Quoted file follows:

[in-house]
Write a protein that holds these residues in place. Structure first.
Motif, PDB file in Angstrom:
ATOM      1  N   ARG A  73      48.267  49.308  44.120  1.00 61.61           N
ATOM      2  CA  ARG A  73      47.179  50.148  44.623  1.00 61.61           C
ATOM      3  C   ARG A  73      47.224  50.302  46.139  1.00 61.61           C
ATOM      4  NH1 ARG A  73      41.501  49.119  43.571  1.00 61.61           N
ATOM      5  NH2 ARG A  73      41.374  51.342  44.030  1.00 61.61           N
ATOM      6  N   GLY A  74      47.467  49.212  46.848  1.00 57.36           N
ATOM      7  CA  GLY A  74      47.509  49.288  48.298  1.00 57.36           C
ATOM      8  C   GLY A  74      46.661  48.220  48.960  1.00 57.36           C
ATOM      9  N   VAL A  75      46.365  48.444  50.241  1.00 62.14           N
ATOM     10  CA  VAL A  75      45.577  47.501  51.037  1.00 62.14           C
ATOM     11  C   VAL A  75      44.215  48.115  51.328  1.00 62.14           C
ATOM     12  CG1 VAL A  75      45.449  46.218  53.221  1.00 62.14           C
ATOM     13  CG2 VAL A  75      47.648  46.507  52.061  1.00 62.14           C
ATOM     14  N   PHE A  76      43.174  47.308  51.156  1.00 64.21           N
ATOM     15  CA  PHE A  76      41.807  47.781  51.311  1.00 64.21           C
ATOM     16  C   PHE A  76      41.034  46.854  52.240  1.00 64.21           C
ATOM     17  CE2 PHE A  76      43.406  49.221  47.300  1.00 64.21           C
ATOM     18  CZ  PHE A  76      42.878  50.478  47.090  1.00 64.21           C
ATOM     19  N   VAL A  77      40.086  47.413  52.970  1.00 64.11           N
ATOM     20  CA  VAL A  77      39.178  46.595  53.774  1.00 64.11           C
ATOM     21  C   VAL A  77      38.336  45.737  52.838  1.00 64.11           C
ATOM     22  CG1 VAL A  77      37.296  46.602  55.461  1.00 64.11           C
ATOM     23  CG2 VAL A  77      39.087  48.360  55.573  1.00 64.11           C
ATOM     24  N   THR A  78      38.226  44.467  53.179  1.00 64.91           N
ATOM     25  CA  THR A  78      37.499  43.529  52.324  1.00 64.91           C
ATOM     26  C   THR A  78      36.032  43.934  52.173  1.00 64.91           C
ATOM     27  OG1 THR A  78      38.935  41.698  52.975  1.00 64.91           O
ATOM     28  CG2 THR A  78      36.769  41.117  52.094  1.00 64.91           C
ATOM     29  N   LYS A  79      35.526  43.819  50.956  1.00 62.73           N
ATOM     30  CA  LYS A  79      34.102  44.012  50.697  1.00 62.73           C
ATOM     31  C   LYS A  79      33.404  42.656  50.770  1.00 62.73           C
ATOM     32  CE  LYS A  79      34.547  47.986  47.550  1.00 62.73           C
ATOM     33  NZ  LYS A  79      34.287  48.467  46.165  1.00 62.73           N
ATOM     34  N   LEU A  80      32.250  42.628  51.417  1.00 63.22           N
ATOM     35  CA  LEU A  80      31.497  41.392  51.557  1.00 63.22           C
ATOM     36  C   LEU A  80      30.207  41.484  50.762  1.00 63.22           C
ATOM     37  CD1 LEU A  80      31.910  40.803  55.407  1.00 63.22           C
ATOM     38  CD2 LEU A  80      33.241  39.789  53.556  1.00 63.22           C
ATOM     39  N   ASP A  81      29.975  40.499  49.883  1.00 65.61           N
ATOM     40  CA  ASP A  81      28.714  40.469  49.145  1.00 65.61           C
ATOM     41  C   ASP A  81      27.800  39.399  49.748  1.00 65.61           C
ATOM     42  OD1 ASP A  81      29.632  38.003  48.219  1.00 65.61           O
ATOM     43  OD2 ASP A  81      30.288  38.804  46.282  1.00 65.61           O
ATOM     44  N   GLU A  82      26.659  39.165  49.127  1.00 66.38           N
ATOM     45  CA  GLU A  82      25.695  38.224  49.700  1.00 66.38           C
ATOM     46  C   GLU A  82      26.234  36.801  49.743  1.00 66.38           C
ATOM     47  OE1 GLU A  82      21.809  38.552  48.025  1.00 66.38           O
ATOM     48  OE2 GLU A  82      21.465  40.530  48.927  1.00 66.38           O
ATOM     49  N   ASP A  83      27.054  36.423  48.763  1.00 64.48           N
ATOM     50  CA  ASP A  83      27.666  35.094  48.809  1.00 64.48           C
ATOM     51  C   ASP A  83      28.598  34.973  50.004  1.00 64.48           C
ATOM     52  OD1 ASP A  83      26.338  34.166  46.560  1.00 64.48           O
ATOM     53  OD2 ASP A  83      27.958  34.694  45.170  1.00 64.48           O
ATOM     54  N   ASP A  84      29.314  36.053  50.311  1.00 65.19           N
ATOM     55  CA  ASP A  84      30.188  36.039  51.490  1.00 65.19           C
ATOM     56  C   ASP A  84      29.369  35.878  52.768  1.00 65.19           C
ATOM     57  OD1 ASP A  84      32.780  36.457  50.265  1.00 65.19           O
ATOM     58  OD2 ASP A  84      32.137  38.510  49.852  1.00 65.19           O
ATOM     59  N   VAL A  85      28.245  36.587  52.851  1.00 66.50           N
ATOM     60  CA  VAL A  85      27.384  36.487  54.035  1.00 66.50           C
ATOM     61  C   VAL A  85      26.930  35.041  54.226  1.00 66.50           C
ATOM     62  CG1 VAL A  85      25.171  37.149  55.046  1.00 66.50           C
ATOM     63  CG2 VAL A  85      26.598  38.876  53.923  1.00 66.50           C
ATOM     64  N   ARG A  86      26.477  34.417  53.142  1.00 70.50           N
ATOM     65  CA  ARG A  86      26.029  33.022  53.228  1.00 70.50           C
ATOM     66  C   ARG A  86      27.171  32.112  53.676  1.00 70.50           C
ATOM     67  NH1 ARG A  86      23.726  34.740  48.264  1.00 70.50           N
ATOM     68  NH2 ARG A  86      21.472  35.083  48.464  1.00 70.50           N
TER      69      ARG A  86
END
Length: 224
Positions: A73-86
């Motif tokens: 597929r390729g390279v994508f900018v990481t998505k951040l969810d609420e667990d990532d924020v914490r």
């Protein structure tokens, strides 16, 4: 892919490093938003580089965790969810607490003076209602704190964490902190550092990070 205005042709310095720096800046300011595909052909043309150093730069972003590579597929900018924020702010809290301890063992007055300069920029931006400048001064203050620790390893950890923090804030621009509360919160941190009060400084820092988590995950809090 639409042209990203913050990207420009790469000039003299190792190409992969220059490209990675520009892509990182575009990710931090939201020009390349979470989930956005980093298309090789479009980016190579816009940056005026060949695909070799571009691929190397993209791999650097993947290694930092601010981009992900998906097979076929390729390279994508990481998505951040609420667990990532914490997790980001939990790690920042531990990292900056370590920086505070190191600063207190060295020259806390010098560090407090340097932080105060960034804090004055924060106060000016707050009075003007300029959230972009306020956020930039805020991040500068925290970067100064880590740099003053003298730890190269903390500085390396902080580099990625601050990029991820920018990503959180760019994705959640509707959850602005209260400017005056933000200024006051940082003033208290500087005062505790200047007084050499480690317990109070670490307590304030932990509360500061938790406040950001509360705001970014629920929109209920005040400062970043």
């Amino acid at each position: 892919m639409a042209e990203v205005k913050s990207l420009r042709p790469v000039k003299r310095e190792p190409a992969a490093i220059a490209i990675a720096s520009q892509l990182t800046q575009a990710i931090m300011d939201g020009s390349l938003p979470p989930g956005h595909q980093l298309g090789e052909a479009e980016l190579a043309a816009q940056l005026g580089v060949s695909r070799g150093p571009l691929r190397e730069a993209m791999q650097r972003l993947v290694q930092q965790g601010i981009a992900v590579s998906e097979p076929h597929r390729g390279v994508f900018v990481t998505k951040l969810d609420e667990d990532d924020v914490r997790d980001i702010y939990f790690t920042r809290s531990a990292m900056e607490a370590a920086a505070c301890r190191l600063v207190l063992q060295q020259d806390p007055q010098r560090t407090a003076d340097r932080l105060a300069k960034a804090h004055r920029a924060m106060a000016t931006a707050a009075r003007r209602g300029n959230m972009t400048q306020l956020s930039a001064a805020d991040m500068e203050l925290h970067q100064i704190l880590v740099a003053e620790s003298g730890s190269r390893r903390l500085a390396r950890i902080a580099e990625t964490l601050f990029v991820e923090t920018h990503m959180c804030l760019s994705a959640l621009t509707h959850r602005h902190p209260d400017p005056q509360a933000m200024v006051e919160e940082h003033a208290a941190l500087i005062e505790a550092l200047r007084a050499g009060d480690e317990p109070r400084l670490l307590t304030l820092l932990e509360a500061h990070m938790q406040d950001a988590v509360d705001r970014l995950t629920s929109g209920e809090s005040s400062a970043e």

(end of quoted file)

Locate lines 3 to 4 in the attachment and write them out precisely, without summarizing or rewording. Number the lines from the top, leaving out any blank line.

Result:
Motif, PDB file in Angstrom:
ATOM      1  N   ARG A  73      48.267  49.308  44.120  1.00 61.61           N